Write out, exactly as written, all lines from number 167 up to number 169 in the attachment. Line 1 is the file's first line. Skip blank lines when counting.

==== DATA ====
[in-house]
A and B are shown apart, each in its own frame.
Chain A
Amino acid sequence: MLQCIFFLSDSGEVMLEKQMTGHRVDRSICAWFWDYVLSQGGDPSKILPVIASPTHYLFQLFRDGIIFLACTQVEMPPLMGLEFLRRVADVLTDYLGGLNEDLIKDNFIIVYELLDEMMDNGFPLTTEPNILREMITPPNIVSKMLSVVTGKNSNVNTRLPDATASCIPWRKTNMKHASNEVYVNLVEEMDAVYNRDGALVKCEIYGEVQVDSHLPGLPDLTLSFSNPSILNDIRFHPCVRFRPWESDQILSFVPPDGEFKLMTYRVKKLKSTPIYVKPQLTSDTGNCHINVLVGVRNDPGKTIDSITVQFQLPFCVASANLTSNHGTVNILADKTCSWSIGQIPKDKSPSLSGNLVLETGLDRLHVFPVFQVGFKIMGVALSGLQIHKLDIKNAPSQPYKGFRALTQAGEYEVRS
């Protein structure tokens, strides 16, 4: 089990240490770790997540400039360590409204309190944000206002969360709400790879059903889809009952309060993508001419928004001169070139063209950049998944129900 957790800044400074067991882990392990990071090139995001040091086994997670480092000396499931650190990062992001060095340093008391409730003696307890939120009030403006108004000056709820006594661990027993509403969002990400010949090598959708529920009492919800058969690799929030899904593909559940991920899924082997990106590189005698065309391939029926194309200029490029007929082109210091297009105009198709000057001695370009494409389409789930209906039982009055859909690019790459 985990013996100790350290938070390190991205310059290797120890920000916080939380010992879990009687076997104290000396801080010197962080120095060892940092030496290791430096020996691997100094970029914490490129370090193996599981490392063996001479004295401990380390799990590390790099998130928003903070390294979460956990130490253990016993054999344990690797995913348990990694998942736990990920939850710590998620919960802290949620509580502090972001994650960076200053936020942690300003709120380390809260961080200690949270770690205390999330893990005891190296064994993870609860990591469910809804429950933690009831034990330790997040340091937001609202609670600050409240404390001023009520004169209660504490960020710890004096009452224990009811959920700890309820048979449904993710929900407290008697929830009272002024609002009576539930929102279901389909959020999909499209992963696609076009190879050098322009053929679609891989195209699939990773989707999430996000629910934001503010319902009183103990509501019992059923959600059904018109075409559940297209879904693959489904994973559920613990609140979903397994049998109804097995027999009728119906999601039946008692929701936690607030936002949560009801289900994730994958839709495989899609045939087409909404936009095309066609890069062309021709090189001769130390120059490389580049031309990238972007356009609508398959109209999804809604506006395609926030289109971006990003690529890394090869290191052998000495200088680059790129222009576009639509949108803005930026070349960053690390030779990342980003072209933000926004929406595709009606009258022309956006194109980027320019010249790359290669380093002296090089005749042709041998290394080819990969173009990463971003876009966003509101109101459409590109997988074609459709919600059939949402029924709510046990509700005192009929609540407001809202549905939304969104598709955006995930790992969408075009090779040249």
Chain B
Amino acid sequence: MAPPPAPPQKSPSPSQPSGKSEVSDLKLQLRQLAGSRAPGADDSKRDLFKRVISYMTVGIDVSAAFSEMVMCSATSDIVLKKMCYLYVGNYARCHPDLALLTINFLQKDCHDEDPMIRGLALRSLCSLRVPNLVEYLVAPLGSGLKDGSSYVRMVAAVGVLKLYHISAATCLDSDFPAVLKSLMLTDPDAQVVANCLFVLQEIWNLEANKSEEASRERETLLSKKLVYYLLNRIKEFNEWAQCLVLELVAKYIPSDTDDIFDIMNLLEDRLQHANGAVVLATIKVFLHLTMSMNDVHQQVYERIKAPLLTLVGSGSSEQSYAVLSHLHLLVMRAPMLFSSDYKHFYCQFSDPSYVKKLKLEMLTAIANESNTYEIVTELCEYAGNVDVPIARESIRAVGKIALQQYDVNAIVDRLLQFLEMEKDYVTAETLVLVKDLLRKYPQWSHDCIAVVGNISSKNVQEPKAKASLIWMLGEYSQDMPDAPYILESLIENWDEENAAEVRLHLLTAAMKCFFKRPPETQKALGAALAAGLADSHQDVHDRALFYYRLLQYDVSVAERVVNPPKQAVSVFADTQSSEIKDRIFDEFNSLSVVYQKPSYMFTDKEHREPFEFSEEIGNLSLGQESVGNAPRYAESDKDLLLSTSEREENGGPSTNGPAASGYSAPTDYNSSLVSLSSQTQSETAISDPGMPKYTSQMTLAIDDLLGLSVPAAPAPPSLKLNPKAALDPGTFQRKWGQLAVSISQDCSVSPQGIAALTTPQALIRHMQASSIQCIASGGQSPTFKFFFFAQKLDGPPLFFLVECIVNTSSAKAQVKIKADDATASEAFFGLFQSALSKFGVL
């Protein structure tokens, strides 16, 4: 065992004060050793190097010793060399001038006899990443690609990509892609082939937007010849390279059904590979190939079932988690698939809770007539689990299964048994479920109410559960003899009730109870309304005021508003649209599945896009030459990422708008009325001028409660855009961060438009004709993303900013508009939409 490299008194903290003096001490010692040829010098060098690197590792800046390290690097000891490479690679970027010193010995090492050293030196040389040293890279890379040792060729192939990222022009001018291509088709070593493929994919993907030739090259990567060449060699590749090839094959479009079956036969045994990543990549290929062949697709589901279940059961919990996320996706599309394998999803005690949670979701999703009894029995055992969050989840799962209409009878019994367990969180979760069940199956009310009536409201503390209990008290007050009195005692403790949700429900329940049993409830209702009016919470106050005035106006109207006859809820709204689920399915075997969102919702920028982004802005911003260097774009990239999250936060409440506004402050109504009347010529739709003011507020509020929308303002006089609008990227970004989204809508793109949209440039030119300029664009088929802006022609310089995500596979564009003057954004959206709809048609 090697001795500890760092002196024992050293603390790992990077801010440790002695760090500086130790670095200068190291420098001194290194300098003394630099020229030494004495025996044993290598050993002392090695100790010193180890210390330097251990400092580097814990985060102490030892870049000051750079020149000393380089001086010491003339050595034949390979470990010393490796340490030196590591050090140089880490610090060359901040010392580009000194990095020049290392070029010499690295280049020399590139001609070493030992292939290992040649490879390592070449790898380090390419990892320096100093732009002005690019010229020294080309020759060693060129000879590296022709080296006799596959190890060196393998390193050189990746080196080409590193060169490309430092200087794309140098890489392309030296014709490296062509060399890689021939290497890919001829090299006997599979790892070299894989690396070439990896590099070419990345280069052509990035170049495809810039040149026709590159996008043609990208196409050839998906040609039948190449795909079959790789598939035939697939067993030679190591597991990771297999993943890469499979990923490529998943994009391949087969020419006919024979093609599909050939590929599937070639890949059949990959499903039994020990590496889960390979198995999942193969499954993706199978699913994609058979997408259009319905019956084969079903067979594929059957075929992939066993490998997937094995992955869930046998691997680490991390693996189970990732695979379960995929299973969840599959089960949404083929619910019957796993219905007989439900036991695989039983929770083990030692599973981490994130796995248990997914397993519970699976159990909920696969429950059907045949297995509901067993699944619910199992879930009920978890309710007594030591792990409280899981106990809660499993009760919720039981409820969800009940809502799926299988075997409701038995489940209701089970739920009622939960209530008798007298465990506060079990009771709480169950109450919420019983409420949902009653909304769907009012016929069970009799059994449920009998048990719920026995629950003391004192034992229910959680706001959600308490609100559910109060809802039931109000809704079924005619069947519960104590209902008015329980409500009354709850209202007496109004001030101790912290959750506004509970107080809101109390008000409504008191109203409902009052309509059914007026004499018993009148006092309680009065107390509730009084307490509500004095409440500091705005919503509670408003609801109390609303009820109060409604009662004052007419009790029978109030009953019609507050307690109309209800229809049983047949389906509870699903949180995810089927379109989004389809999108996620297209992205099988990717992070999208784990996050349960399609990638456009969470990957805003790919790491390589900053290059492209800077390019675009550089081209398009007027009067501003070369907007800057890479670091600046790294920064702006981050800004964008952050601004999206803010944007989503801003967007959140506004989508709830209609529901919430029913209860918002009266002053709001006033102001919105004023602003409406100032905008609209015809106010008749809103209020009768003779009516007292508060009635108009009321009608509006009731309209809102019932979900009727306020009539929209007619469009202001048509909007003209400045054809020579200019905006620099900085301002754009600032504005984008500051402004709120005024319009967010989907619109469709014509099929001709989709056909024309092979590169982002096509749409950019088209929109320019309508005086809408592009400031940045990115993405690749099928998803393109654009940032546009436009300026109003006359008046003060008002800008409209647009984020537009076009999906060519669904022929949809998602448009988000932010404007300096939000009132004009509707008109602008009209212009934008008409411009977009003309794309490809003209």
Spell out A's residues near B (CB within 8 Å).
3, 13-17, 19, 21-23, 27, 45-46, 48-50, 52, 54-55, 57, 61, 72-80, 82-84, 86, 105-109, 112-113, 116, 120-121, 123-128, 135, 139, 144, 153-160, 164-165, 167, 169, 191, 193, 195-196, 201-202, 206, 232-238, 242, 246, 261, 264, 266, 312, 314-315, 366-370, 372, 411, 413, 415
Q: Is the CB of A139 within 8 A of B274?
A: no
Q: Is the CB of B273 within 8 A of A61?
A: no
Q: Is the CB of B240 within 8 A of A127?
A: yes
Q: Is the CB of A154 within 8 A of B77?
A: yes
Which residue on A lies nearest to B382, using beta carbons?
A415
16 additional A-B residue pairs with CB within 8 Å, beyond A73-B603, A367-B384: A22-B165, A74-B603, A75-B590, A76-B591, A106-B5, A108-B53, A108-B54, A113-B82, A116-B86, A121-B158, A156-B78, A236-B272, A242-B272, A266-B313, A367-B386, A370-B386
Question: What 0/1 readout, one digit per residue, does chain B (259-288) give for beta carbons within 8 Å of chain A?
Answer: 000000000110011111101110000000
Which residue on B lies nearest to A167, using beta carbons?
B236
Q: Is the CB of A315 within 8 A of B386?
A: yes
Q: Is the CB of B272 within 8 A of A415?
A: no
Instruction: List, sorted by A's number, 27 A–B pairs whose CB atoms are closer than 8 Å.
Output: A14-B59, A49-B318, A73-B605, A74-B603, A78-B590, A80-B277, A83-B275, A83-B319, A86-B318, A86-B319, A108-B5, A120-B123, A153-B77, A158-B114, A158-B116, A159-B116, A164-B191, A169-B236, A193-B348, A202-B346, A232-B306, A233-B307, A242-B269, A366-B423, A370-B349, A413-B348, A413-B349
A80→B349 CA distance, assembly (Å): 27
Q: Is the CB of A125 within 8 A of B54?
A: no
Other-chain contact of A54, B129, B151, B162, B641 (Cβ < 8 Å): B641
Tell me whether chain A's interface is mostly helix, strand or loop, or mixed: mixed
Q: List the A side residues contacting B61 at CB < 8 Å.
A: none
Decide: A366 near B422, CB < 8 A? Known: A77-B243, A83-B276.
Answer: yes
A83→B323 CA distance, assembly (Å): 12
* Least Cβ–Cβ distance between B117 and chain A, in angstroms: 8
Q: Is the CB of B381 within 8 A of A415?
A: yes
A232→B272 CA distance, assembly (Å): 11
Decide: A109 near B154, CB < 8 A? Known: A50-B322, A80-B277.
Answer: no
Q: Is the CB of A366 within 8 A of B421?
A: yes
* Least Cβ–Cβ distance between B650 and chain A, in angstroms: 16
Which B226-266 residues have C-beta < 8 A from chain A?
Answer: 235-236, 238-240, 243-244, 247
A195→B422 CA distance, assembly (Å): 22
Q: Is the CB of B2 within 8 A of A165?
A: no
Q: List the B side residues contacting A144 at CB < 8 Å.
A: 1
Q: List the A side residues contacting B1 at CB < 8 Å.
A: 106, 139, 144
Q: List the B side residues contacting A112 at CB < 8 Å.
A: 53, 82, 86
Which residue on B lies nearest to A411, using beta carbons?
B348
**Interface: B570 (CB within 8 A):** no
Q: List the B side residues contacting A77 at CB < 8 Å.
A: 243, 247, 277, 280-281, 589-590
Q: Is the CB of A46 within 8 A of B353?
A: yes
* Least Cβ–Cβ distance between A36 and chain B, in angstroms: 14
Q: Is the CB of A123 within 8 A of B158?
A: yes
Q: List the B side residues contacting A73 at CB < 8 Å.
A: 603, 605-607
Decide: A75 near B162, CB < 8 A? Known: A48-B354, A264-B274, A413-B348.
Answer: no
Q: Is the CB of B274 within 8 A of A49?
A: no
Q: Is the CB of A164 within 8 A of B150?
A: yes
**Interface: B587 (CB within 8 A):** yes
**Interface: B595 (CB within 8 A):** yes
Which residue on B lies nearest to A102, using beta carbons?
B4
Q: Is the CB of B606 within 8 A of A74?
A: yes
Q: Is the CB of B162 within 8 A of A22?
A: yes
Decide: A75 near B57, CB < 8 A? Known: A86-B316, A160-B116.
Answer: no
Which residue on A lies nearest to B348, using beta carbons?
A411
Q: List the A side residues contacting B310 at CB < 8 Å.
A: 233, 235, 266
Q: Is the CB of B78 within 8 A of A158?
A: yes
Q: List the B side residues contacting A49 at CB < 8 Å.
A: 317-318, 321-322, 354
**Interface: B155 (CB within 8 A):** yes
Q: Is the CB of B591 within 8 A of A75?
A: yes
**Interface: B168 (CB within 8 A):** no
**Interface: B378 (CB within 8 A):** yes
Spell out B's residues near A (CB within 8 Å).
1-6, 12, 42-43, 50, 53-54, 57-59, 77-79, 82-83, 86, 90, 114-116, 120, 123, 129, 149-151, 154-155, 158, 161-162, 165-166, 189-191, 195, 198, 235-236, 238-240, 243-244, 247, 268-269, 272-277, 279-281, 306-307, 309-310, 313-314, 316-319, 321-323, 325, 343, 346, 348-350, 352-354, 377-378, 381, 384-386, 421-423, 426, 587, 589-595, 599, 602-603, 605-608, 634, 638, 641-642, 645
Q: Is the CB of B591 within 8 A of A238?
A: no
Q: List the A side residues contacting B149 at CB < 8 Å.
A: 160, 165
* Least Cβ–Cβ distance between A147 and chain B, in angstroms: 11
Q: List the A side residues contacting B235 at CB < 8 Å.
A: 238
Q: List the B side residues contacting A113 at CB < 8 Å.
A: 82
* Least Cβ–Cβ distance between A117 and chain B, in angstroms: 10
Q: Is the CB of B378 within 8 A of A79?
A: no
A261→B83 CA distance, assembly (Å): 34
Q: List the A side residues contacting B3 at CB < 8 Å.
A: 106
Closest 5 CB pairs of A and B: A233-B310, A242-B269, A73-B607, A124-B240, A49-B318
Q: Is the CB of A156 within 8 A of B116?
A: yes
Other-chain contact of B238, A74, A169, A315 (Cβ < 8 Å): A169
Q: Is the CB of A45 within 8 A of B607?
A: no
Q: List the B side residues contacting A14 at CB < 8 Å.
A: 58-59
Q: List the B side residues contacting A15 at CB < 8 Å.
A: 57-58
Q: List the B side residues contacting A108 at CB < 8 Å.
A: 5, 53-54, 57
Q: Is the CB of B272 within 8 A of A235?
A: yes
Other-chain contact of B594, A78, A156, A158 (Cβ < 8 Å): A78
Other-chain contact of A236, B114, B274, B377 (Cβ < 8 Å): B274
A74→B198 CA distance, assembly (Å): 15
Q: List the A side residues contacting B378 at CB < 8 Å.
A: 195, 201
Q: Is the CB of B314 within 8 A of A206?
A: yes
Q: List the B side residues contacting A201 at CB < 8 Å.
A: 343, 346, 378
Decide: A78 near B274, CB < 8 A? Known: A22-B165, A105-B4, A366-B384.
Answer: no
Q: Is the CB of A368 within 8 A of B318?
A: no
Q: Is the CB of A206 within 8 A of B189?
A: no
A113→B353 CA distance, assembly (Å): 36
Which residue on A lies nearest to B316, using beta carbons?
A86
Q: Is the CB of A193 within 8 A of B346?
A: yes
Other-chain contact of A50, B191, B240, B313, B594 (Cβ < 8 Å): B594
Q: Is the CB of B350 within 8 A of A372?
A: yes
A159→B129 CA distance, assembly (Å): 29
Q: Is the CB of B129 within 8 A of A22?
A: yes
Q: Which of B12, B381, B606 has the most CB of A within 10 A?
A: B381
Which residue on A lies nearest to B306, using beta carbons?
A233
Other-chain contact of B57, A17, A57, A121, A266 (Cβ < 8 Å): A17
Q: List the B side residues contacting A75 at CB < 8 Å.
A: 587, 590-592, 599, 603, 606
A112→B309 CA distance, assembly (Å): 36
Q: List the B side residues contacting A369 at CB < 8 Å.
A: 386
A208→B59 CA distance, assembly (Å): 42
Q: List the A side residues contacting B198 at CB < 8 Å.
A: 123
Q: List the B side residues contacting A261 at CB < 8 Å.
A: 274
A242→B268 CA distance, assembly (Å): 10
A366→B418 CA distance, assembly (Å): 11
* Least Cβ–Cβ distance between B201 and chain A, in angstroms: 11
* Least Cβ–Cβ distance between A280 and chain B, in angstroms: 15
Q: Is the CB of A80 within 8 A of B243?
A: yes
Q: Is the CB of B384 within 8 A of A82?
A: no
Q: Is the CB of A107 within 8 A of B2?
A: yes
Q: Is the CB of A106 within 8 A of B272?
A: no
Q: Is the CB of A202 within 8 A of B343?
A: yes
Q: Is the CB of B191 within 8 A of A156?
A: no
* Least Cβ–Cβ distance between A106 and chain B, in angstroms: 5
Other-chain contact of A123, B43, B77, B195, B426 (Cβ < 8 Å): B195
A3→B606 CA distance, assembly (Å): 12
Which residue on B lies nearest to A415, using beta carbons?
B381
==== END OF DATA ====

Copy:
A112→B309 CA distance, assembly (Å): 36
Q: List the B side residues contacting A369 at CB < 8 Å.
A: 386